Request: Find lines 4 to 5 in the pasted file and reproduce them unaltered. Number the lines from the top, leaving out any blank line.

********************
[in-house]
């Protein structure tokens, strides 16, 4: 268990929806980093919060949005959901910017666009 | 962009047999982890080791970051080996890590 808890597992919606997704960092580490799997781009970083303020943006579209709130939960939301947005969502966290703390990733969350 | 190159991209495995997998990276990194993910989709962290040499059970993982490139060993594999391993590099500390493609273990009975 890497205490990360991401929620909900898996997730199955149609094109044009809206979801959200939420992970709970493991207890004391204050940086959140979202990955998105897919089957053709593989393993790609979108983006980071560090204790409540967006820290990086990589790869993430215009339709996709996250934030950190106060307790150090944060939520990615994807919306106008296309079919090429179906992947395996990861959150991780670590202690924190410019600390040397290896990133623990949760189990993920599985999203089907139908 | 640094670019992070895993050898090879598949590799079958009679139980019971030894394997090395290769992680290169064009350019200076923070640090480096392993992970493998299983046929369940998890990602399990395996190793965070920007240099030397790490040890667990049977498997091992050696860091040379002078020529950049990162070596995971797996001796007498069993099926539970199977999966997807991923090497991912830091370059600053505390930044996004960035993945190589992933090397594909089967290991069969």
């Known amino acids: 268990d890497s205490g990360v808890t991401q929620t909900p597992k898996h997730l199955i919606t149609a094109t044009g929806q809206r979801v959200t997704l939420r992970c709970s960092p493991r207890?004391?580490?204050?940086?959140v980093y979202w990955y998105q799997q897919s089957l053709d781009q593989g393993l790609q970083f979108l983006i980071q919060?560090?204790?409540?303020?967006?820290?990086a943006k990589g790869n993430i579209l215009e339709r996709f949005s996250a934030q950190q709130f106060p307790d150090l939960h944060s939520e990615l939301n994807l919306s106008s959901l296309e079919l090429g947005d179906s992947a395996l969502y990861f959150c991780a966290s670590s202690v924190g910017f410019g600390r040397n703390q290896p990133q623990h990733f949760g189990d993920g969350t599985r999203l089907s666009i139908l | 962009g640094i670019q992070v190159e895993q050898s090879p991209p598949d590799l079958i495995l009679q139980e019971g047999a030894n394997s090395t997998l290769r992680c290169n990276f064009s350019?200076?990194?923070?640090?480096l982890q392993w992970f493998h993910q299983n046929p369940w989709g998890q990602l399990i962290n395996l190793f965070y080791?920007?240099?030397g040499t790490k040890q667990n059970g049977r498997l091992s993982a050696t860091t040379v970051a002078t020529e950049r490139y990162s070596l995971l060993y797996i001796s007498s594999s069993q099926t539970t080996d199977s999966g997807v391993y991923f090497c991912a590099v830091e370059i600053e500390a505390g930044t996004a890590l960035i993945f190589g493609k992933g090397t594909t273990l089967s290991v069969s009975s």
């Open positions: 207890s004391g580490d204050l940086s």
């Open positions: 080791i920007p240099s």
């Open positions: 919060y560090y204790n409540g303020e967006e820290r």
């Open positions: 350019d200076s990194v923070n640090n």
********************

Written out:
């Open positions: 207890s004391g580490d204050l940086s």
């Open positions: 080791i920007p240099s």